It was a solemn and moving ceremony in a Buddhist church last month, the funeral for Frank Emi. At 94, his time had come, and so a steadfast American patriot was honored and put to rest at Evergreen Cemetery in Los Angeles. When the light that was Frank’s spirit — which had burned so steadily through all these years — goes out, it’s like a void opens and we can only be comforted by the thought that his quiet strength had been such a source of encouragement for those of us who have studied the concentration camp history of Japanese Americans.
But there is another compelling figure in the story of the resisters who remains little known. He is also buried at Evergreen Cemetery, but in a pauper’s grave on another side of the burial grounds. After Frank was buried, a group of us went to honor and pay our respects to this person, Kiyoshi Okamoto, the original protester who gave himself the title, “The Fair Play Committee of One.”
Okamoto was a middle-aged inmate at Heart Mountain concentration camp during World War II, known as an outspoken and somewhat eccentric Nisei who, in the words of Eric Muller in his book, “Free To Die For Their Country,” “had been a thorn in the camp administration’s side” from the beginning. His writings inspired other Nisei who admired him for speaking his mind publicly and fearlessly.
The announcement of the government’s intention to institute the draft was the catalyst for many who had been thinking about their incarceration and the plight of their families. The Fair Play Committee of One grew to become the Fair Play Committee of Seven, seven men including Frank Emi who were willing to lead in opening up discussions about their situation. They held meetings and published mimeographed explanations of their work. For instance, on a Q-and-A format leaflet: “Q-What’s this Fair Play Committee about? A-The Fair Play Committee (FPC) is organized to inject justice in all the problems pertaining to our evacuation, concentration, detention and pauperization without hearing or due process of law, and oppose all unfair practices within our center, State, or Union.” The military draft seemed a particularly harsh step by the government in light of the captive condition of the inmates of the camps.
The Fair Play Committee was met with immediate opposition by the Japanese American Citizens League (JACL) and the editor of the camp newspaper, the Heart Mountain Sentinel, who editorialized that these were clever troublemakers and that the Federal Bureau of Investigation and the United States attorney should quickly take the resisters into custody. It alarmed the authorities and they looked for ways to curb their influence.
But the message of the FPC resonated with camp inmates, and as their influence grew, they were threatened with prosecution. Okamoto and another FPC member, Sam Horino, were picked up and whisked off to Tule Lake, Calif., the camp for “disloyals” and “troublemakers.” Okamoto and Horino later stood trial with the other FPC leaders and sentenced to four years’ imprisonment at Leavenworth, Kan., for conspiracy. The young men who had decided to defy army orders and had failed to report for physicals were convicted of draft dodging and most served time in jail, though all were later pardoned.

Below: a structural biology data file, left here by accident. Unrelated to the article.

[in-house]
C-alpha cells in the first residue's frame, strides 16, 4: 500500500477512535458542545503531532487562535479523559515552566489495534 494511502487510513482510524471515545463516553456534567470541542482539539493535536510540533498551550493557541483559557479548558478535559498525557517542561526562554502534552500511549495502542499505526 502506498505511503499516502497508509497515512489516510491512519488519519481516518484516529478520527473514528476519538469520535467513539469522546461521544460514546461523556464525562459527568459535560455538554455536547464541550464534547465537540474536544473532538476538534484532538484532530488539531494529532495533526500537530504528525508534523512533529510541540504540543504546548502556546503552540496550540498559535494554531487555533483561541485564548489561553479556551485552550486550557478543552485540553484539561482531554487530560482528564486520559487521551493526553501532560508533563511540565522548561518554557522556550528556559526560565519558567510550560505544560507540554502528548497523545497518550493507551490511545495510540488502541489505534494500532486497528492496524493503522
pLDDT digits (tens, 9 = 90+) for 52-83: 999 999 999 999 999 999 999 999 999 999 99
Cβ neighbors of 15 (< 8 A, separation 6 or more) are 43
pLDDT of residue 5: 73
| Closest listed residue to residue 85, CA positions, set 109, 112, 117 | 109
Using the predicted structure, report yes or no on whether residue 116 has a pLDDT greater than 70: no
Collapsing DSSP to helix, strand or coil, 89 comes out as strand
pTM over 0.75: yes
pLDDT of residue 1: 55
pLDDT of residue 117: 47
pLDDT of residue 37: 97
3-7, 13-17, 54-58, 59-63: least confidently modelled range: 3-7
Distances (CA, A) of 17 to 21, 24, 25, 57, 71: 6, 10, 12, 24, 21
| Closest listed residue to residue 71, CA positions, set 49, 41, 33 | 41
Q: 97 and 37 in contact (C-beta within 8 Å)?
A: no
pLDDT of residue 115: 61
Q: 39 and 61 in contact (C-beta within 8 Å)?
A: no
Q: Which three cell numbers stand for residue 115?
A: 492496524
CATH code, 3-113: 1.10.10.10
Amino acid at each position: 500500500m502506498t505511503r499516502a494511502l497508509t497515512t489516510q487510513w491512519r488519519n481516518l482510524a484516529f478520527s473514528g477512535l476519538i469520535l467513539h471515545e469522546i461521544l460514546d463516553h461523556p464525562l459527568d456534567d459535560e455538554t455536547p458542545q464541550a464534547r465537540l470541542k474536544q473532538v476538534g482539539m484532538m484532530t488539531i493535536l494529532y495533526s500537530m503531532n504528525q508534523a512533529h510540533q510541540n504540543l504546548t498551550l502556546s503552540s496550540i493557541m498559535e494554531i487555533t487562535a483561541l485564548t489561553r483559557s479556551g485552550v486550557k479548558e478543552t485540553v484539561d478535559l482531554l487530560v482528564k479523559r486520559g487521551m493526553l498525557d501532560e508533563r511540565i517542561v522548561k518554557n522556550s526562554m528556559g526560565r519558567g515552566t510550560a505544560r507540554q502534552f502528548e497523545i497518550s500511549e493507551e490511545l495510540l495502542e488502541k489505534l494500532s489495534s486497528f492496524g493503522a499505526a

After the war, Okamoto went off to be a gold prospector and his whereabouts were unknown for a long time. A determined researcher, Marie Masumoto, wife of Okamoto’s grand nephew, located his pauper’s grave after years of investigation.
The really sad aspect of the story of the FPC and the draft resisters is how the Japanese American community was duped into believing that these men were unpatriotic, disloyal, and posed a threat to our status as American citizens. No consideration or respect was given to these men for raising questions and challenging the government. In fact, they were pilloried. It seems evident now that the incarceration had dealt such a blow to the self esteem of Japanese Americans that they accepted the idea that the highest form of patriotism was to have served in the army, even though most of the men from the mainland had been drafted (rather than volunteered).
At the first JACL convention held after the war, some proposed that Tuleans and draft resisters all be deported, that a distinction be drawn between “those who stood for principle and those who wavered.” This was an ironic reversal of the meaning of principle. The delegates did not go that far, but Tuleans and resisters had to endure ostracism in the JA community for years.
A draft resister, Yosh Kuromiya, said this about Okamoto: “This is the message I learned from Kiyoshi Okamoto. … Most people criticized him for his general demeanor and brutal language — and they missed his message … completely. If Kiyoshi were here today, he might say: When you kiss-ass, you risk getting farted on — or worse. (He didn’t say that, of course, I said it). But that’s exactly what happened to us JAs because there weren’t enough of us that took a stand!”
It is time that the JA community recognize the enormous sacrifice and the enormous lesson the story of the FPC and the draft resisters can teach about resistance to tyranny and to standing up for principles.
Chizu Omori is the co-producer of the award-winning film “Rabbit in the Moon.” She writes from San Francisco, and can be reached by e-mail at email@example.com. The views expressed in the preceding column are not necessarily those of the Nichi Bei Weekly.